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Oil Ministry to Cut Subsidy Burden of ONGC, Adjust Cess Payment: Report

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Oil Ministry to Cut Subsidy Burden of ONGC, Adjust Cess Payment: Report

New Delhi: In a big boost to Oil and Natural Gas Corp (ONGC), the Oil Ministry is reworking the fuel subsidy sharing formula to cut its payout by a quarter through adjustment of statutory oil cess against its share. Shares in ONGC rose nearly 1.7 per cent on Monday.

According to a new subsidy sharing formula, the payout of upstream oil producers like ONGC is to be reduced to the extent of Rs 4,500 per tonne oil development cess they pay to the government, sources privy to the development said.

The move to lessen the subsidy burden will give a flip to the government's plan to sell a 5 per cent stake in ONGC to garner about Rs 17,000 crore.

The cess in current fiscal year will total Rs 10,500 crore and after accounting for Rs 31,926 crore that upstream firms ONGC and Oil India Ltd (OIL) have already paid in fuel subsidy in first half, their payout in remainder of the current fiscal year will be no more than Rs 8,000 crore.

Upstream producers like ONGC met nearly half of the revenue loss or under-recoveries that fuel retailers incurred on selling cooking fuel and diesel until recently at government-controlled rates.

This dole, which was in the form of deep discounts on oil ONGC sold to refineries, had strained its balance sheet as its net realisation fell below the economic cost of oil.

Sources said subsidy burden on upstream oil companies has increased from Rs 32,000 crore or 30 per cent of the total under-recovery in 2008-09 to Rs 67,021 crore (48 per cent of the total under-recovery) in 2013-14.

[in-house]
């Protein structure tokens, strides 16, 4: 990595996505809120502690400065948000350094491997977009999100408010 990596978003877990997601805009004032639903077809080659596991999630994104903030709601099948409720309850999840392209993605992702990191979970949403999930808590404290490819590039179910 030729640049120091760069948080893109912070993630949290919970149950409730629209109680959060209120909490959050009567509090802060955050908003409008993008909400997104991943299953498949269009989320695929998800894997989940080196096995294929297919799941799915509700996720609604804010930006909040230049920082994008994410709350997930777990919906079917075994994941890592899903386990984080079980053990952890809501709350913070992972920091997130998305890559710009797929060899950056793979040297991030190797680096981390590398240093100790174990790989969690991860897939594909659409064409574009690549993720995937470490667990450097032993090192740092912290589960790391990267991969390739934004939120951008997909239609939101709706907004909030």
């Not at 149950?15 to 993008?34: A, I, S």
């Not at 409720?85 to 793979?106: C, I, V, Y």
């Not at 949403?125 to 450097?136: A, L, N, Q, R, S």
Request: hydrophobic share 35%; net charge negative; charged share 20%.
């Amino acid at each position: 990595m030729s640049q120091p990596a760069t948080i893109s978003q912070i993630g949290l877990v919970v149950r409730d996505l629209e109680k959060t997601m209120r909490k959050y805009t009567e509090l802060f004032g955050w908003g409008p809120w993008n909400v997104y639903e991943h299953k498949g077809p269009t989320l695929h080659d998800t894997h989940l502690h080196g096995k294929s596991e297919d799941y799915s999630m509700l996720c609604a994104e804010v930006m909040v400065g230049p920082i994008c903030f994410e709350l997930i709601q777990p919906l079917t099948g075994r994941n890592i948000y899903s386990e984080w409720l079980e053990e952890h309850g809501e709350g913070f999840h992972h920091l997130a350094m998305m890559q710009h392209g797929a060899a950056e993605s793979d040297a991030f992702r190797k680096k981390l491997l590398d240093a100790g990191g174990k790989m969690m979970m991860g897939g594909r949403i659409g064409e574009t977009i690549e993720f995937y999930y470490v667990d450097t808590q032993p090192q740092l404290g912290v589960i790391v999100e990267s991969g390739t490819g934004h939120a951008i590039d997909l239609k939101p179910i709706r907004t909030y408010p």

In 2013-14, ONGC paid a record Rs 56,384 crore subsidy, which this fiscal year is likely to come down to around Rs 32,000 crore.

This has significantly constrained the capacity of these companies to increase their exploration efforts in difficult areas, thereby adversely affecting the country's domestic oil production.

The Comptroller and Auditor General of India (CAG) had in its report on pricing mechanism earlier this year stated that the combined effect of cess and discount had resulted in margin per barrel of crude from nomination blocks of ONGC being much lower than private sector fields.

The report had also pointed out that the uncertainty in the mechanism of funding under-recoveries would place public sector upstream companies at a relatively disadvantageous position.

Sources said the ministry wants the cess being collected by the government from the nominated fields of the public sector upstream oil companies be considered part of the subsidy burden share borne by ONGC and Oil India Ltd (OIL).

Thus the upstream share would reduce to the extent of cess being paid by them to the government.

With international oil prices slumping, total under-recoveries this fiscal year are estimated around Rs 79,000 crore.

Of this, about Rs 51,000 crore has already been accounted for in first half where ONGC paid Rs 26,841 crore in subsidy, OIL Rs 4085 crore and GAIL Rs 1000 crore.

Sources said the ministry is of the view that unless sufficient funds are available for increased oil recovery and enhanced oil recovery schemes from the ageing oil fields, the country may notionally lose more than 70 million tonnes of indigenous crude oil production during next 10 years.

This may increase the import bill by Rs 3,33,000 crore.

However, if this crude is produced indigenously, it will cost only Rs 112,000 crore resulting in a substantial saving of Rs 221,000 crore.

Also, new exploration in marginal/deep water/isolated field require huge investment and are viable for upstream PSUs only if sufficient revenue generation (covering the entire cost and reasonable profit) is available to upstream PSUs.

It is estimated that around 13 million tonnes of crude oil valued at Rs 60,400 crore would be expected from such fields.

Sources said the ministry feels that cess was to be deployed for development of oil sector. But only Rs 902.40 crore has been deployed for the purpose out of Rs 118,506.95 crore collected from 1974-75 to 2012-13.

It says that since the money collected on account of cess is not being transferred for the intended purpose, there is a need to make the cess levied under this act on the nominated fields of ONGC and OIL a part of the overall burden sharing mechanism from 2014-15 onwards.

As of 2:36 p.m., shares in ONGC were trading at Rs 369.25 apiece on the BSE, up 0.93 per cent from the previous close.



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